Besides that, the manager was two weeks behind in my salary, and he had been doing the Bunk Allen turn with everybody else as well. He hurriedly called a conference, and rearranged things. He agree to do Uncle Tom himself, he cast Aunt Ophelia and Lawyer Marks and Eva's papa as one part, Topsy had two other parts, besides doubling as one of the bloodhounds; Eliza had three stunts thrust upon her, and as for me all I had to do was George Harris, Legree, and Little Eva, besides being one of the bloodhounds and leader of the band.

  We switched lines considerably in order to cover up the shortness of the company and keep as many persons clear of the stage as possible in order to make the costume changes.

  What we needed that night was Clyde Fitch to rewrite "Uncle Tom's Cabin" and a couple of lightning change artists to help play it. I doubt if even Charles E. Blaney would try to put on fourteen principal characters with five actors, a ham manager, and one canvas hand, but by that time we were ready for anything, and it was a true test of versatility.

  Just before supper time (the cook was hurrying because he was anxious to prepare for his début as an actor) I gently approached the manager with a modest request for instant settlement of my just claim for $24, bring two weeks' salary which was in arrears. He at first declined, but under insistent and repeated demands he finally offered $12 and gradually lifted the limit until he reached $18, where he stopped. I grabbed the $18, in cold hard cash, the first real cash I had felt in two weeks, and shortly thereafter the memorable production commenced.

  Having played George Harris to a finish, and escaped to return from the other side and pursue Eliza across the ice, I hastily prepared myself to be Legree, and within a few minutes was transformed into Little Eva. If I do say it myself, my deathbed scene was good—that is, under the circumstances, for I had to die with my knees pulled up under my chin, to keep my feet from sticking out at the foot of the bed, and my ascent into heaven was a grand success.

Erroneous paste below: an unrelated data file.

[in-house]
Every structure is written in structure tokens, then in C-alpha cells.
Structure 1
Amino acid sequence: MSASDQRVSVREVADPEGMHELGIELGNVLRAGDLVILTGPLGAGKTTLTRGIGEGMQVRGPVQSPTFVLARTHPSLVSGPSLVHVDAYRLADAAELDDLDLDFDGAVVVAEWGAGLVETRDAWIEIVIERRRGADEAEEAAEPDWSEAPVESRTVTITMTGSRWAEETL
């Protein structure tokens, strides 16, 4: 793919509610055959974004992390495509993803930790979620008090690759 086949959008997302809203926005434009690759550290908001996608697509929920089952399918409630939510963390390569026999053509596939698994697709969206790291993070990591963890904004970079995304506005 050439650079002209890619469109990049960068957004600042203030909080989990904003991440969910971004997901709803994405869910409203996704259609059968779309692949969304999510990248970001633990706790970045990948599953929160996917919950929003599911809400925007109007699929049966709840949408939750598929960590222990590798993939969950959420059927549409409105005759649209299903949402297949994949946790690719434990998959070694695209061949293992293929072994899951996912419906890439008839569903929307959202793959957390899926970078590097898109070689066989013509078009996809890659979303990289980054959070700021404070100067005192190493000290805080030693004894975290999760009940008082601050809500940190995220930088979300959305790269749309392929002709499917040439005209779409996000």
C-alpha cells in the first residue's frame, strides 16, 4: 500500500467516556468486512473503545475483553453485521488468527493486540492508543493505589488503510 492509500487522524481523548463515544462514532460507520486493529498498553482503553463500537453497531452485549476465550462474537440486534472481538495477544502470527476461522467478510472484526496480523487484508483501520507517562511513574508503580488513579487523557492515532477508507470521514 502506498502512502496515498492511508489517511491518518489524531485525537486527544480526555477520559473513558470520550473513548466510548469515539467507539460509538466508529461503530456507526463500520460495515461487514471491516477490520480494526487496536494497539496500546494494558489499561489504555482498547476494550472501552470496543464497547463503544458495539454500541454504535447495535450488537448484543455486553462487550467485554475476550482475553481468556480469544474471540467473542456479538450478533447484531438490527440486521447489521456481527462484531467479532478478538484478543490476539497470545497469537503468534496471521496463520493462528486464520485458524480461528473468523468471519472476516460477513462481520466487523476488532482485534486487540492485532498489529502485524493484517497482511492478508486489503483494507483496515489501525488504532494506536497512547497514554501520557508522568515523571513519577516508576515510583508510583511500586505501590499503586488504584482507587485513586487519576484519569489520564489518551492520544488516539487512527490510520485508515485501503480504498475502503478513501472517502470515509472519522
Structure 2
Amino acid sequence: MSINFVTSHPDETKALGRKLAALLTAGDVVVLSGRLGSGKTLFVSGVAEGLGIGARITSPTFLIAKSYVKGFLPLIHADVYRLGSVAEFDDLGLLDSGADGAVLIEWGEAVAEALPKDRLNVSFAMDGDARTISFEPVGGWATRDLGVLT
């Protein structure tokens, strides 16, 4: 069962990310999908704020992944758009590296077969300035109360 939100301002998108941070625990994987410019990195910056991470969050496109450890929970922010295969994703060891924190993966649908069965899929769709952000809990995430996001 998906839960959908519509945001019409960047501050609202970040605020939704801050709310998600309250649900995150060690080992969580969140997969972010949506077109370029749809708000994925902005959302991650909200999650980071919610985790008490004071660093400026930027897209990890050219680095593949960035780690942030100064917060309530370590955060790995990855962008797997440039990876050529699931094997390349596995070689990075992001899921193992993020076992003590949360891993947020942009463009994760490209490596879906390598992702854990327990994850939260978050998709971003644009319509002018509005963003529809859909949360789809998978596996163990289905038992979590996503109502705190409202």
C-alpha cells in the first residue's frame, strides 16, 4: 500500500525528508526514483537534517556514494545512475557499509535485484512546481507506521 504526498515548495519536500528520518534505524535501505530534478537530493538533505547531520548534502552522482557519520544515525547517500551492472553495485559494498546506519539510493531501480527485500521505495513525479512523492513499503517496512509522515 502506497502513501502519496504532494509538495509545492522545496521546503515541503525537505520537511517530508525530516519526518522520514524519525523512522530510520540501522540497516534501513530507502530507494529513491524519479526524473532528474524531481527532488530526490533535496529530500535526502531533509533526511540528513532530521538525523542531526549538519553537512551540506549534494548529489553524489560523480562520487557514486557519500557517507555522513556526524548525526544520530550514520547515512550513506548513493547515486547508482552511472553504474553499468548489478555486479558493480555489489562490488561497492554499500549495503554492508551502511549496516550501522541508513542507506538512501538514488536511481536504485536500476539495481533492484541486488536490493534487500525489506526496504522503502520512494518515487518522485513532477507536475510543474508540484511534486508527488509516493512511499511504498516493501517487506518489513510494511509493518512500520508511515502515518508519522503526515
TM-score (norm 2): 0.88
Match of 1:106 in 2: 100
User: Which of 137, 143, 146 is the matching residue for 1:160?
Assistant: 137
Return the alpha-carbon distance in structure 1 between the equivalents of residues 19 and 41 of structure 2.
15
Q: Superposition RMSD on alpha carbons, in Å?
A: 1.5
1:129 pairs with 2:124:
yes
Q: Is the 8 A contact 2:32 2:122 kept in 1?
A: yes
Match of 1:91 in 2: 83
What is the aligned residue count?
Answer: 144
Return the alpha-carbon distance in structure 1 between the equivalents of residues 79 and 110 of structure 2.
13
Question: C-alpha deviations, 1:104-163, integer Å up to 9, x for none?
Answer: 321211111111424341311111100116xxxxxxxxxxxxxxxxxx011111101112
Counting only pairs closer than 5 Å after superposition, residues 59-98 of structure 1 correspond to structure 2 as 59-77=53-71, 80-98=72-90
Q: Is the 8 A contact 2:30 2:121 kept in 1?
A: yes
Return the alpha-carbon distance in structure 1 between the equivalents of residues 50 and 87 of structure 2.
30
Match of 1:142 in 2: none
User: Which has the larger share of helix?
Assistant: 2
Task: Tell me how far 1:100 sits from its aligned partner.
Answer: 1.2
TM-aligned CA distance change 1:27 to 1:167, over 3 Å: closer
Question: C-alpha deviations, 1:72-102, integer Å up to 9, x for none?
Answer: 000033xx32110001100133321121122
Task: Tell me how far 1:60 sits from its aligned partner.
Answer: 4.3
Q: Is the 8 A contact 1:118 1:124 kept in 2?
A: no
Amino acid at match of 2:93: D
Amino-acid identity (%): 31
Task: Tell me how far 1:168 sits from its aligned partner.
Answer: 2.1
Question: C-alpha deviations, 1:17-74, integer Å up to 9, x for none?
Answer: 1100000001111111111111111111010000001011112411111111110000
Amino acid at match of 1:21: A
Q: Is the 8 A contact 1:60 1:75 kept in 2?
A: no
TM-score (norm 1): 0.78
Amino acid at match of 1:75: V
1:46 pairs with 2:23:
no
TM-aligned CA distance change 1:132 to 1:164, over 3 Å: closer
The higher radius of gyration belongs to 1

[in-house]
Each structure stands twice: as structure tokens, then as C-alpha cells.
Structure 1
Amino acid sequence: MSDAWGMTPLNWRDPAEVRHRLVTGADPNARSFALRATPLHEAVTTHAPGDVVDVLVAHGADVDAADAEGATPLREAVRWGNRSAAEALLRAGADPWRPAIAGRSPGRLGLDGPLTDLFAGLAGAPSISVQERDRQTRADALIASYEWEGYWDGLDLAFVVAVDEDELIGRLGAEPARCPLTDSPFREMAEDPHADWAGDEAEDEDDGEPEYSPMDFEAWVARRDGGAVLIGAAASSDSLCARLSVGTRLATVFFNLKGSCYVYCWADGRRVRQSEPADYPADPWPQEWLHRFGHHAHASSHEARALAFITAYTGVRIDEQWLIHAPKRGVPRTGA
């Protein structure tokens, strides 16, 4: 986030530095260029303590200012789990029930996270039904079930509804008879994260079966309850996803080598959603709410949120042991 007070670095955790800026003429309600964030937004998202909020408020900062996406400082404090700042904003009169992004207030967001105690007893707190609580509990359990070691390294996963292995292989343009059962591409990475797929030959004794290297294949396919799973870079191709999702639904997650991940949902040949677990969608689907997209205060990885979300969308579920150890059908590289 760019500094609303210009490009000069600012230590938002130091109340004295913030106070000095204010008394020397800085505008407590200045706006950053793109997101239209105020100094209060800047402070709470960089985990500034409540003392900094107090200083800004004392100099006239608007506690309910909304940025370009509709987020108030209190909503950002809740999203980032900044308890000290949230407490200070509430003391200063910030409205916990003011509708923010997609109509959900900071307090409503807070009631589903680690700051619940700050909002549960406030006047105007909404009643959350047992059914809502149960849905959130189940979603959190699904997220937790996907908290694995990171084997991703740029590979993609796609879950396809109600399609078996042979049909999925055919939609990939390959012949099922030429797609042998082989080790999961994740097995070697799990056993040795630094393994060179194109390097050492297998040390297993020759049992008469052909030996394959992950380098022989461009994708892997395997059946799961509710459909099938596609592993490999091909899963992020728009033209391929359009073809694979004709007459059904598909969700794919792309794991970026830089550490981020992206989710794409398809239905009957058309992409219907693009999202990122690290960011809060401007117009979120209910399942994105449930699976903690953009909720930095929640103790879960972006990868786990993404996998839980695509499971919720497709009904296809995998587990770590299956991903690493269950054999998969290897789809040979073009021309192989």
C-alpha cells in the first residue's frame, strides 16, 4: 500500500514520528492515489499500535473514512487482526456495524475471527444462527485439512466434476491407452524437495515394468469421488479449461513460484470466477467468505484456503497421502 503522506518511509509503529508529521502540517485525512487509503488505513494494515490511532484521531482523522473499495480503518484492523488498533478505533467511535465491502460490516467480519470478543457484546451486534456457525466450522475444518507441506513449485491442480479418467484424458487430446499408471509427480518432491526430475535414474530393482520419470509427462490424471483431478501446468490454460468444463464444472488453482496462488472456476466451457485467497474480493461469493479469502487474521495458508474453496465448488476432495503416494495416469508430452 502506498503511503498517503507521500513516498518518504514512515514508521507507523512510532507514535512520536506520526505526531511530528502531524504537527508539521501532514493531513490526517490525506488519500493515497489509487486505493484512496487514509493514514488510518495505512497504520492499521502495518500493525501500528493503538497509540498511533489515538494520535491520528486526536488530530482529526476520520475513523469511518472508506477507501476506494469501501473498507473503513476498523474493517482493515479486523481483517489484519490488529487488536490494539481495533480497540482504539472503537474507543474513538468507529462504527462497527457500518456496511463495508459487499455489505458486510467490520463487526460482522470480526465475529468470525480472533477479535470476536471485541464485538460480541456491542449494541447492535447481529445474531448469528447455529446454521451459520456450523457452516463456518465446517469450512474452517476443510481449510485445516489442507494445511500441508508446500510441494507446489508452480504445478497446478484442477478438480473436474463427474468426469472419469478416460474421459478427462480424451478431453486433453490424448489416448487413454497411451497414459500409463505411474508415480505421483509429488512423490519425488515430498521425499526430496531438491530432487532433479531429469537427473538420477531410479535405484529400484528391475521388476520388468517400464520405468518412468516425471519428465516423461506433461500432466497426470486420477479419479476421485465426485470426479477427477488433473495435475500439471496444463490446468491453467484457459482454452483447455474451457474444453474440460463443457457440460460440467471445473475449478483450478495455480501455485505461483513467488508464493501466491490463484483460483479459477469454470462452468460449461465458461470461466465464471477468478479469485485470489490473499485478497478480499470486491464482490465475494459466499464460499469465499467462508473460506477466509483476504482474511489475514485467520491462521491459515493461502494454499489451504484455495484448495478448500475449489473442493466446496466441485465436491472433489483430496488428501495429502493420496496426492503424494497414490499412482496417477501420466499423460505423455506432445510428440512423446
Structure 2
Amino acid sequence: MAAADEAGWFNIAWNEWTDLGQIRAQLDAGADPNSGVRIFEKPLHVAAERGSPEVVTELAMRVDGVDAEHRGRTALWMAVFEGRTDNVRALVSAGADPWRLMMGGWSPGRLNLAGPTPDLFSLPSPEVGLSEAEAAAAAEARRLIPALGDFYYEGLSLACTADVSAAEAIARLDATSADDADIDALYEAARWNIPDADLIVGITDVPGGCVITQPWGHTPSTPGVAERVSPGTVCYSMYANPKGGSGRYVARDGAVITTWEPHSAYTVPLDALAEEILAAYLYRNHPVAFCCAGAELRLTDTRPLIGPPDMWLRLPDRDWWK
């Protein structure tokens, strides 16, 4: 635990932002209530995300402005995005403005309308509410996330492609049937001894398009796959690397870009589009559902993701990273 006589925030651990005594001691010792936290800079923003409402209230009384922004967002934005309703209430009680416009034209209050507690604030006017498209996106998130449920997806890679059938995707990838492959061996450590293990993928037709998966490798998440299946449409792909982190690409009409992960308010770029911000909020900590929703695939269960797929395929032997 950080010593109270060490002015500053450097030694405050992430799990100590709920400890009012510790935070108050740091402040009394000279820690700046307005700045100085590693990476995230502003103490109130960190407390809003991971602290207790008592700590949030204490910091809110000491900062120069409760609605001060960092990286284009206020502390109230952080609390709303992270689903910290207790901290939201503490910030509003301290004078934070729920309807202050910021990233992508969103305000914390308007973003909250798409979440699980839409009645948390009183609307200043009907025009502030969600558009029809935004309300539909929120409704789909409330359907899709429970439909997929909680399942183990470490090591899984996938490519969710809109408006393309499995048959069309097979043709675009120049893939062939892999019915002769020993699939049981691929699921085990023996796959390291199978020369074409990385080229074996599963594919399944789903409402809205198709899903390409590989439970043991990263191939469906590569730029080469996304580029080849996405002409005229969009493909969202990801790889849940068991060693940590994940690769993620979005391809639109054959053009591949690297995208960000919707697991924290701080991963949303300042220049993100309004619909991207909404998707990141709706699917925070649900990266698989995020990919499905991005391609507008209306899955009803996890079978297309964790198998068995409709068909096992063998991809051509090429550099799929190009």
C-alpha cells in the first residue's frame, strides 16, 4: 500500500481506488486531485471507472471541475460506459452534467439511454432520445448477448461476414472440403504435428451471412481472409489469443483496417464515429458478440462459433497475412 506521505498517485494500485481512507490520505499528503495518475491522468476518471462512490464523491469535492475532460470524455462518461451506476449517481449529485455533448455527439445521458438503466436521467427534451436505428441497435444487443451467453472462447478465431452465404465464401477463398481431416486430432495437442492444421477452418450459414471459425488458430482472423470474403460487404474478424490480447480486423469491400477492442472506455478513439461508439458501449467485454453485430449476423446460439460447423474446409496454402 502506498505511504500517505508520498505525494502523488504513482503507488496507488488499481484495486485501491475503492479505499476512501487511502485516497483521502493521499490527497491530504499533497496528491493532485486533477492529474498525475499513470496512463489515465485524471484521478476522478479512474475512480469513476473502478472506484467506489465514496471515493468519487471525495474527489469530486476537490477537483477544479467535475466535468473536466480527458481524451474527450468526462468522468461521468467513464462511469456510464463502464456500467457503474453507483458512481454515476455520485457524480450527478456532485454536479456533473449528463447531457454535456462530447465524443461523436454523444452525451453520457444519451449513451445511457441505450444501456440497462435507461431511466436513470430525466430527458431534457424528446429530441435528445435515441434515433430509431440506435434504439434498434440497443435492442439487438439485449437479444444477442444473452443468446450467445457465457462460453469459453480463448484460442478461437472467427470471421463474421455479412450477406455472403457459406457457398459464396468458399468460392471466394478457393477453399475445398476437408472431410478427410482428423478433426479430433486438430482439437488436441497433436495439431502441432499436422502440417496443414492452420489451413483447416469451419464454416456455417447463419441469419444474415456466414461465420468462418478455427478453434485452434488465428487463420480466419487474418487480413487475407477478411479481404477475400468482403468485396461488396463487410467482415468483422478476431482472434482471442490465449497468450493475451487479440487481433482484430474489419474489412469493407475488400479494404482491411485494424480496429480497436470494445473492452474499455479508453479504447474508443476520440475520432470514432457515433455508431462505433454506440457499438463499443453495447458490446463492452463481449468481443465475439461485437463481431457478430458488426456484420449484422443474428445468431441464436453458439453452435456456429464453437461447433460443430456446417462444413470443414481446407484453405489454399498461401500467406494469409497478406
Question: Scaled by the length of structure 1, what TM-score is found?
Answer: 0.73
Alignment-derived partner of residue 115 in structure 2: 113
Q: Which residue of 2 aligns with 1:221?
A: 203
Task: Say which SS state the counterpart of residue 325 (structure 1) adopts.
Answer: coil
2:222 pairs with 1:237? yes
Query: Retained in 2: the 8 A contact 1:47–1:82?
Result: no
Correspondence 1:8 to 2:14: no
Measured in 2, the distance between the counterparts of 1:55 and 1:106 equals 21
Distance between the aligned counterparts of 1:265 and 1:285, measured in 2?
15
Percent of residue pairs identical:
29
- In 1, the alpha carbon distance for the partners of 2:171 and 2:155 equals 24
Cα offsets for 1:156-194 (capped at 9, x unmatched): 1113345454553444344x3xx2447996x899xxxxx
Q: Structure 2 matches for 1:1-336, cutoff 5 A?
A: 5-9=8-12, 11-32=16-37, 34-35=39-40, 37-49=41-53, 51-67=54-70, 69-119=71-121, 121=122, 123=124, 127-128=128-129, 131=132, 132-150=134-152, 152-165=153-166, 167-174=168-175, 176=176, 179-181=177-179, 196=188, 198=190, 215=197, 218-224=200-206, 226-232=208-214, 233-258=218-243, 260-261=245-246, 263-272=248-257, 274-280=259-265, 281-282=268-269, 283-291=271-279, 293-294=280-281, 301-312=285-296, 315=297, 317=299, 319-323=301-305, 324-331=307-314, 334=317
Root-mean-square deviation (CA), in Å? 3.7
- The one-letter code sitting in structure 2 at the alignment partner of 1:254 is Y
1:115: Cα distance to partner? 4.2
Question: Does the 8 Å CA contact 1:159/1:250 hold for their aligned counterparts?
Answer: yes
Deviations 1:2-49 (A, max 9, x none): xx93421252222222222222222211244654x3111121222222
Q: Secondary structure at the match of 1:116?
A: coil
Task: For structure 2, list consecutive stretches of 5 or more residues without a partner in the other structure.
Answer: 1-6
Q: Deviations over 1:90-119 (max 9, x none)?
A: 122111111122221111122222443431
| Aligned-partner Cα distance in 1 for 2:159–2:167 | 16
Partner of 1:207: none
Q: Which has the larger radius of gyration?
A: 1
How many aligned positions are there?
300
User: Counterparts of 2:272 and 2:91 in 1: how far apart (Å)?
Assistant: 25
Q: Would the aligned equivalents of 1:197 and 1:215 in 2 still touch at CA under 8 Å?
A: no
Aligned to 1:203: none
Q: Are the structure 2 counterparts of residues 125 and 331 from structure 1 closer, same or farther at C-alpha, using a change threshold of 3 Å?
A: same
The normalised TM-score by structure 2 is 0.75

All might have gone well, but just while I was dying artistically Uncle Tom, who was the manager, and who was sobbing over my bedside, began to feel around under the bedclothes for that $18. The idea of any one pretending to sob over a deathbed, and a child's deathbed at that, and at the same time trying to get possession of the corpse's hard earned salary, savored too much of K. and E. methods to suit me, and I lost my temper. It is well the audience, which was sitting spellbound watching me die, did not hear the corpse's last words.

  Just as soon as the curtain fell Little Eva and Uncle Tom mingled, and it required the united efforts of the others to pull them apart. The $18 still was safe, so I hurried back to resume the Legree costume and finish the piece.

  It is sad to think that Losantville did not appreciate the realism of the closing act that evening. The manager, with pillows strapped about him, was prepared to be whipped to death, and I, as Simon Legree, was fully prepared to do the whipping. Also I knew from long experience just where the pillows ended and the unprotected spots began. It was the grandest, most realistic, and wonderful scene ever presented—but Losantville scarcely appreciated it. If I ever let the blacksnake whip hit a pillow it was because my aim was bad. I gave Uncle Tom the licking of his career. I licked him $4 worth, and then proceeded to lick him $18 a week for eleven weeks, with compound interest.

  The following morning, in proud possession of $18 ready money, I boarded a train for Chicago, and ceased to be a Tommer.